Wednesday, 4 June 2014

My first maxi skirt - a vintage make, and help please!

Hello my dear readers, I hope you are having a good week and are looking forward to the weekend. I'm flying off to NYC on Friday for a quick weekend break, before heading to Houston for a week on a work trip. I'm super excited about NYC, not to mention the fabric shopping in the Garment District all day on Saturday (I'm writing a long list, and bringing my big suitcase), and am pretty happy about the work trip - it will be a nice change.  

I have something a bit different to share with you today. I made my first ever maxi skirt! It's not just the first maxi skirt that I've made, but also my first maxi skirt altogether. It's not that I don't like maxi skirts, in fact I love the look, but I was never convinced that I could pull it off. Being a petite person I didn't want to be drowned in it, but lately I've decided to be brave, mainly as they look so damn comfy, and I kept seeing them in fashion magazines right, left and centre. 

So here is my version: 

Although I really like the look of fuller maxi skirts, I didn't think they would suit my small frame. Instead, I opted for a slimmer silhouette, and used a vintage pattern, Butterick 5884, as a base. Marie-I hope I'm making you proud ;)



I was lucky enough to win this pattern from the Sew Grateful giveaway on Gloria & Me, and I am very grateful indeed! Isn't this a beautiful pattern? This is actually the first unprinted vintage pattern that I've worked with - in fact, I had no idea they even existed until I saw them on the Great British Sewing Bee, so you can imagine my excitement when I laid my hands on this little beauty!   



Here's the instructions to de-code to the secret language, and they were very helpful! 

As you may have worked out by yourself based on the above, the skirt is cut on the bias. The main alteration I made was to lengthen the skirt by 8 inches or so, to make it a maxi length.

I'm sitting in front of a 13th century bridge, 5 mins walk from my house. Doesn't it look incredible for its age? This was the starting point of a beautiful riverside walk, and I love taking a stroll there on a sunny day, even if I felt a bit overdressed for it!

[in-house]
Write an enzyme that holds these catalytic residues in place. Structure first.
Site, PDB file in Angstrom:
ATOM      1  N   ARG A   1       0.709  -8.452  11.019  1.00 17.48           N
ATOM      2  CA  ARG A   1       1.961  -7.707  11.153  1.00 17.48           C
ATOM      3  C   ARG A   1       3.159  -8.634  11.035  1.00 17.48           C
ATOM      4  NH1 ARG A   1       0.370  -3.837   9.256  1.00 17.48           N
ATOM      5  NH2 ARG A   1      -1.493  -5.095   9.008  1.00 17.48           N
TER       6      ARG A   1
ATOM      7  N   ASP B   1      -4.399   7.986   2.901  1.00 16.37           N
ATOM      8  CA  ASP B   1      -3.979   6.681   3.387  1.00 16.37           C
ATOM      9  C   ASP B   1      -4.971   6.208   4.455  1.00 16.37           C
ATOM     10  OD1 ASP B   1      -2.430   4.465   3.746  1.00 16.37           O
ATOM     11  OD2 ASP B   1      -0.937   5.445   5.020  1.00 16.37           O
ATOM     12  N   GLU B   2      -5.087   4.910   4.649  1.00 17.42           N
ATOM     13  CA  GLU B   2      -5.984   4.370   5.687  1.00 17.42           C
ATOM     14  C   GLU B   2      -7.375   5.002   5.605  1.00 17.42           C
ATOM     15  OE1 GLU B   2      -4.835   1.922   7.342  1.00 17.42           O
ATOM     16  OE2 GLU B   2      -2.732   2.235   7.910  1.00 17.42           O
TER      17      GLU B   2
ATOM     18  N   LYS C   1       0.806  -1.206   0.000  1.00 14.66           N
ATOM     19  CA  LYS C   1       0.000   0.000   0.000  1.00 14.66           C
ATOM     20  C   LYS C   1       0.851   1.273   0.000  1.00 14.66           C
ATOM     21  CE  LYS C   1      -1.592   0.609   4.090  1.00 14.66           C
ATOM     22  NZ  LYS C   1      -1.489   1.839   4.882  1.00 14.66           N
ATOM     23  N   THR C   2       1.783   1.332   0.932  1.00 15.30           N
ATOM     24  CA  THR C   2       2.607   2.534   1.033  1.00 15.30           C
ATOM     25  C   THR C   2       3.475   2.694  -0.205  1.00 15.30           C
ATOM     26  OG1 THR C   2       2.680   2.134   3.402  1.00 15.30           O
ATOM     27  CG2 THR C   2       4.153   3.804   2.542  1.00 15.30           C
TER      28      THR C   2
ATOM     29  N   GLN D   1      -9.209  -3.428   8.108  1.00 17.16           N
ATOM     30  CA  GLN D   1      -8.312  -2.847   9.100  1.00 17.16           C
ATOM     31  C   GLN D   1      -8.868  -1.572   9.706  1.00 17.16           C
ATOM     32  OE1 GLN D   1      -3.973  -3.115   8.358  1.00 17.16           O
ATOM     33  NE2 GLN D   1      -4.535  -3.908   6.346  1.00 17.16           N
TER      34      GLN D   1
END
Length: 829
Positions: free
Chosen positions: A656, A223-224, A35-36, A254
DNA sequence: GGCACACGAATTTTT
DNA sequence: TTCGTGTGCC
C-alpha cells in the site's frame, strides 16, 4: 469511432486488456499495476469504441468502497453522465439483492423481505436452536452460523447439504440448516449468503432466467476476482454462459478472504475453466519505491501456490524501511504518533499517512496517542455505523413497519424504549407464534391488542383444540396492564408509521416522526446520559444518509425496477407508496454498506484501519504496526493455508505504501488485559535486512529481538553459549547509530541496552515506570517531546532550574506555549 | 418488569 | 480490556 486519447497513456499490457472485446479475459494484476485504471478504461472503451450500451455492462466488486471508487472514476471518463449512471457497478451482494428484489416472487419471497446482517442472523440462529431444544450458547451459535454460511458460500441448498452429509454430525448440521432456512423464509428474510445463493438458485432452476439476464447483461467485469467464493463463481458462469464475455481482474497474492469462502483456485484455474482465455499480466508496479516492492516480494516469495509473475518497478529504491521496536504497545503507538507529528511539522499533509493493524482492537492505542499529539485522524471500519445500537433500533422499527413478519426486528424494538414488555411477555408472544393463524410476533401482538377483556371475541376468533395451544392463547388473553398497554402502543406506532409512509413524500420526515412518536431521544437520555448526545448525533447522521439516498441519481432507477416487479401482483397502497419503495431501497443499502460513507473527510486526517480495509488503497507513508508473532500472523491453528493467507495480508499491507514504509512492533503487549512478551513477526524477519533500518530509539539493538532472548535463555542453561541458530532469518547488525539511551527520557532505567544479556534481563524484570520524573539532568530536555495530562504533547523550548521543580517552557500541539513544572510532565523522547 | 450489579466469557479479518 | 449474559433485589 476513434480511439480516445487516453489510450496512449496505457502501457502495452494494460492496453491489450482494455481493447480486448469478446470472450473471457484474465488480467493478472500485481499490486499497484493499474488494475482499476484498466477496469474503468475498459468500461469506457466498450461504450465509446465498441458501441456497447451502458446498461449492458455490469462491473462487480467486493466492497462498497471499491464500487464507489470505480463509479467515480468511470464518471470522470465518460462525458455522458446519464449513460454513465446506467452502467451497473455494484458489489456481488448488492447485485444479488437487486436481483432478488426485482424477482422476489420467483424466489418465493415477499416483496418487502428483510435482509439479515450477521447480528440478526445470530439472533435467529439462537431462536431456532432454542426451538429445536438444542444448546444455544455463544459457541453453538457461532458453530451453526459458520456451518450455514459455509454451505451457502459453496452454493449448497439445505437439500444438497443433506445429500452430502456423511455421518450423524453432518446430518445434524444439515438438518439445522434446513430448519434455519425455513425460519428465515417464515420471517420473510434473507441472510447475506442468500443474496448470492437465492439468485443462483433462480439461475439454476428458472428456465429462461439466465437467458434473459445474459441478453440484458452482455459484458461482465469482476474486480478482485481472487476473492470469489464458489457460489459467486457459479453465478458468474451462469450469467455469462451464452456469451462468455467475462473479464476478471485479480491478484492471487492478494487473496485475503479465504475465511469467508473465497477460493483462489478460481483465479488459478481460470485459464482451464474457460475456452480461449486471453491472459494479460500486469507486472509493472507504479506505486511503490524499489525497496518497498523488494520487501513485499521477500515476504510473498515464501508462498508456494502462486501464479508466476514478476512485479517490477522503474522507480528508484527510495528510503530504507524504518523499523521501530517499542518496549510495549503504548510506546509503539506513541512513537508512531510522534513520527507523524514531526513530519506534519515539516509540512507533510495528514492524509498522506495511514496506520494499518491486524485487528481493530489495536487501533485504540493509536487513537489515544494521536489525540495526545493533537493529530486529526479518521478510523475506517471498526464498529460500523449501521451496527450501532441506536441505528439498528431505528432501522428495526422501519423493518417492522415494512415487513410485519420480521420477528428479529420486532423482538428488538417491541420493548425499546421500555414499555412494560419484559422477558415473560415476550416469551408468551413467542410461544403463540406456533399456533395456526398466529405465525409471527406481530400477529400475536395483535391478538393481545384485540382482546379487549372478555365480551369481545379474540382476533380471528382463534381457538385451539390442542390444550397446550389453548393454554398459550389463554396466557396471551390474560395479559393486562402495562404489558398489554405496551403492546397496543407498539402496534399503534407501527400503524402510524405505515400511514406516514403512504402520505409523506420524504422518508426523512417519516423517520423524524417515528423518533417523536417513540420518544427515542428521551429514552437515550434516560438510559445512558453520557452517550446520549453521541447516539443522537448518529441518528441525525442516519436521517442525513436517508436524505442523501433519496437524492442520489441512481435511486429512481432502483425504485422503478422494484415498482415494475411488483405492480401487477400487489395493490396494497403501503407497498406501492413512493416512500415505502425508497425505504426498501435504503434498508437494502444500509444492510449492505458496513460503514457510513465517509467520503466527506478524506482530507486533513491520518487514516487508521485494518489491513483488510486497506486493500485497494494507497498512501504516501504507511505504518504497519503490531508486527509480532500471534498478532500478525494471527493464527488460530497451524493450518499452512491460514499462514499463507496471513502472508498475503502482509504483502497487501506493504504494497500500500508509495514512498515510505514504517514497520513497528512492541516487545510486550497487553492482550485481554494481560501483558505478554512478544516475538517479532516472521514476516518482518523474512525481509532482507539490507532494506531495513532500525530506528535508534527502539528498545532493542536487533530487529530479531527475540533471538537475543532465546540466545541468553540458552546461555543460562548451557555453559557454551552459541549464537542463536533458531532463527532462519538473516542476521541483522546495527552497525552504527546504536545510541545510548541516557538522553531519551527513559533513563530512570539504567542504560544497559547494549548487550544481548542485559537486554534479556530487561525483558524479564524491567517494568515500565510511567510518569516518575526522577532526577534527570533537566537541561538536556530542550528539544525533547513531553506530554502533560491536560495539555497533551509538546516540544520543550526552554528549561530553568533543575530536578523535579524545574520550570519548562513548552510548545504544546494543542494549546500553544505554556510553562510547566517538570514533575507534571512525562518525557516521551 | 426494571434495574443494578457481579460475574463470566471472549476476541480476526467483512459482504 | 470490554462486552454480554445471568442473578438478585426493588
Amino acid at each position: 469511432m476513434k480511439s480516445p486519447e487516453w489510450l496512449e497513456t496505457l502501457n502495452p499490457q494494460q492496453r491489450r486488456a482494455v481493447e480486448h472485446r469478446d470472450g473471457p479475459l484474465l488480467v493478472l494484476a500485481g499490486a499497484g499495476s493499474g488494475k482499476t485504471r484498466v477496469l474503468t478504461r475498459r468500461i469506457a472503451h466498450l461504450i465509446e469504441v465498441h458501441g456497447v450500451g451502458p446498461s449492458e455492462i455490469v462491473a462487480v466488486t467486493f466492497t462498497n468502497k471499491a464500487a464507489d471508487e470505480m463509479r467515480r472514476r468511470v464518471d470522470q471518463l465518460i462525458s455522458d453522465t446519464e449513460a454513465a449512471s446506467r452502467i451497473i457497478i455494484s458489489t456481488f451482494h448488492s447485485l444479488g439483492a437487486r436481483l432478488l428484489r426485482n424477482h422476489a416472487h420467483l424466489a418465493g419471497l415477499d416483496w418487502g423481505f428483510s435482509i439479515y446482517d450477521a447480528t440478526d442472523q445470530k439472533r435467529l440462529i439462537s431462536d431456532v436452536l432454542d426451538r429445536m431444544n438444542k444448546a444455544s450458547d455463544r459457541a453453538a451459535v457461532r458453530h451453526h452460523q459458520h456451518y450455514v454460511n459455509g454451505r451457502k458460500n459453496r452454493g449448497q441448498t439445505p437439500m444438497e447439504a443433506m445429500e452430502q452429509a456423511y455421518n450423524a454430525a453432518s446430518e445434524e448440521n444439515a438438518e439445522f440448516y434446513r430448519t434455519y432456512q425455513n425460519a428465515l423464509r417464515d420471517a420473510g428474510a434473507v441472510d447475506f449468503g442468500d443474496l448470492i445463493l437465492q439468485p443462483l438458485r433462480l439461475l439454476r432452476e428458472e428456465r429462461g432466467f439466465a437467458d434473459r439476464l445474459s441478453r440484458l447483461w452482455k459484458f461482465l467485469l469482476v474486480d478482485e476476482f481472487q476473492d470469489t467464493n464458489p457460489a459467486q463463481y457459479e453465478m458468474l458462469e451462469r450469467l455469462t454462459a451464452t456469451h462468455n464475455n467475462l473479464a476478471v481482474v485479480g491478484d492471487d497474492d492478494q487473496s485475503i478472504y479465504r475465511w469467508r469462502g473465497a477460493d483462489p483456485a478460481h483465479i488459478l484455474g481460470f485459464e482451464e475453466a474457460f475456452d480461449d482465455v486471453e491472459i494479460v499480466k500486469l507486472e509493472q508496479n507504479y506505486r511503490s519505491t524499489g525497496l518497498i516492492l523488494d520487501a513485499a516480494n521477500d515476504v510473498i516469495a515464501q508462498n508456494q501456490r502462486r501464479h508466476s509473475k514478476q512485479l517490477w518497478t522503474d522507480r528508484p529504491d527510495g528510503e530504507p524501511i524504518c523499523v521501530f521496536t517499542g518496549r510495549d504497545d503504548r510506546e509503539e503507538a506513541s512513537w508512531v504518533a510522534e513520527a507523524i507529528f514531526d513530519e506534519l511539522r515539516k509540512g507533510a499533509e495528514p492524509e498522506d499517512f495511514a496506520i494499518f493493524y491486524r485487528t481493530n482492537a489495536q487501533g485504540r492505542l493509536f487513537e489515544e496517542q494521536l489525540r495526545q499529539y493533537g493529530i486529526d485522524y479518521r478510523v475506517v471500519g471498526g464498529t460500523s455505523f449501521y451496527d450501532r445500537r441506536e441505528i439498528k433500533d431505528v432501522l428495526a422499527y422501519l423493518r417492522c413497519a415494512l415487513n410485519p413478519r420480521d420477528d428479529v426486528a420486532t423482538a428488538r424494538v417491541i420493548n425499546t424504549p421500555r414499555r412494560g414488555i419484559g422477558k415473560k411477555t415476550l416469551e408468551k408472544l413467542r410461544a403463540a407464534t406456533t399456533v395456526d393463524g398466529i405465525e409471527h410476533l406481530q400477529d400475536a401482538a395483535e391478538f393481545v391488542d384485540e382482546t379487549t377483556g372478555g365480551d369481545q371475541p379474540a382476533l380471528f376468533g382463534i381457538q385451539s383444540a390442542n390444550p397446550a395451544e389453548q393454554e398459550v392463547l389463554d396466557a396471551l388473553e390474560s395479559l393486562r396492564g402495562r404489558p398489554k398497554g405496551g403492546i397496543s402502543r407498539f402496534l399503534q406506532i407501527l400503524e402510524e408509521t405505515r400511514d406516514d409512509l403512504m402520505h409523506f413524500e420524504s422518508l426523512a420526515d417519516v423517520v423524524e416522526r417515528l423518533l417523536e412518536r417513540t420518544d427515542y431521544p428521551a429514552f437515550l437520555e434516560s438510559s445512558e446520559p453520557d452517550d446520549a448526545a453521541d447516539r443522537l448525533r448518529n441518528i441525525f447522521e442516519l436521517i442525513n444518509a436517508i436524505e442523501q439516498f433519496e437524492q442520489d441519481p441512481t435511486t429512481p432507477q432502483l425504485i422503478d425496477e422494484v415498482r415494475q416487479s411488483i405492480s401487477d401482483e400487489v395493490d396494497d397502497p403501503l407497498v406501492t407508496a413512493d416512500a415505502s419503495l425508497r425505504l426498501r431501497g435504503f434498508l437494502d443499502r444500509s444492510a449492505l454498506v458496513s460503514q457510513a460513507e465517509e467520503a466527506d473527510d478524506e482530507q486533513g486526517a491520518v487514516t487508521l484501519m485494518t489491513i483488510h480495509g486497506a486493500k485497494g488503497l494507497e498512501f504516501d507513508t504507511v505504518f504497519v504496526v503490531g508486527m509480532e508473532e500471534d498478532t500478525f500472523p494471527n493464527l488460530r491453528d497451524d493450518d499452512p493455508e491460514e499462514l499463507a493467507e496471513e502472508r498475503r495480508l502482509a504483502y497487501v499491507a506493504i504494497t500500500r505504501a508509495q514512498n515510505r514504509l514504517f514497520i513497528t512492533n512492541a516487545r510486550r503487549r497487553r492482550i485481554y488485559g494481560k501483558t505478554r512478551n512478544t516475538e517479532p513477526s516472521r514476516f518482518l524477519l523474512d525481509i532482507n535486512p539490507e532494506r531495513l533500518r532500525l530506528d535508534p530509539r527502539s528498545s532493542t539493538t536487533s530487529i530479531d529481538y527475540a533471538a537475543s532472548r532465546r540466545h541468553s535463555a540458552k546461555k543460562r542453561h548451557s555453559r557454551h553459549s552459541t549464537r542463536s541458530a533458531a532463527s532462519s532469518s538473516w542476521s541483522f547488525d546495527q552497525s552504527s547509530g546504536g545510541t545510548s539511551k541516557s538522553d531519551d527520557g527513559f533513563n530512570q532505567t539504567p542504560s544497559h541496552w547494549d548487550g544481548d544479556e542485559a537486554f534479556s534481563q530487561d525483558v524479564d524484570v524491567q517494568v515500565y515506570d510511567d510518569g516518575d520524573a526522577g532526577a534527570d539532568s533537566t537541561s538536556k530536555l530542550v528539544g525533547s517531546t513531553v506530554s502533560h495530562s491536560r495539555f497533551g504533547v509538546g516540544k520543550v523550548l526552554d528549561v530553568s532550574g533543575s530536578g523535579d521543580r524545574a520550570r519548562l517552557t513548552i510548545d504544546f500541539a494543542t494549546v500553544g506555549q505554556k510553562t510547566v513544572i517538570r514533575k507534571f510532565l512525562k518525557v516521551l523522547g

And this is the Common Meadow that follows: 


What's the fabric, I hear you ask? You may remember the little tale that I told you last week in the Jamie shift dress post, and this is indeed the matching blue viscose that was the other side of the equation. It is even more drapy when cut on the bias, and not to mention really comfortable to wear. 

I even made French seams on the inside for the delicate fabric, and I love how neat it looks on the inside. The other good news is that I finally feel happy with working with viscose, after some puckering issues in the past. To sum it all up, I think the tricks are:


  1. Use a smaller needle - I used a size 70 this time, but switched to a 90 (normal) when sewing more than 2 layers of fabric together.  
  2. Larger stitches - I increased the stitch length to between 3 and 4 on my machine
  3. Very loose tension - I turned the dial down to almost 1, and I suspect this was the main reason behind the puckering issues previously as I only used to turn this down to around the 3 mark, as my machine manual suggested. But this time I thought, what's the point of having the scale all the way down to 1 if I wasn't going to use it? and it worked! 
With the beautiful drapiness there came problems, though, and for this, I need your help! 


Can you see the bunching around the zip on the left side seam (right on the photo)? And here's a close up from the side:


And from the front:

Not attractive.  The worst part is, I saw this whole thing coming. The fabric is quite a thin one, and as the pieces were cut on the bias, it stretches out of shape easily. So before I inserted the lapped zipper, I strengthened the seams with some grosgrain ribbon to prevent this... and it hasn't worked, even after unpicking and re-attaching the zip 4 times :(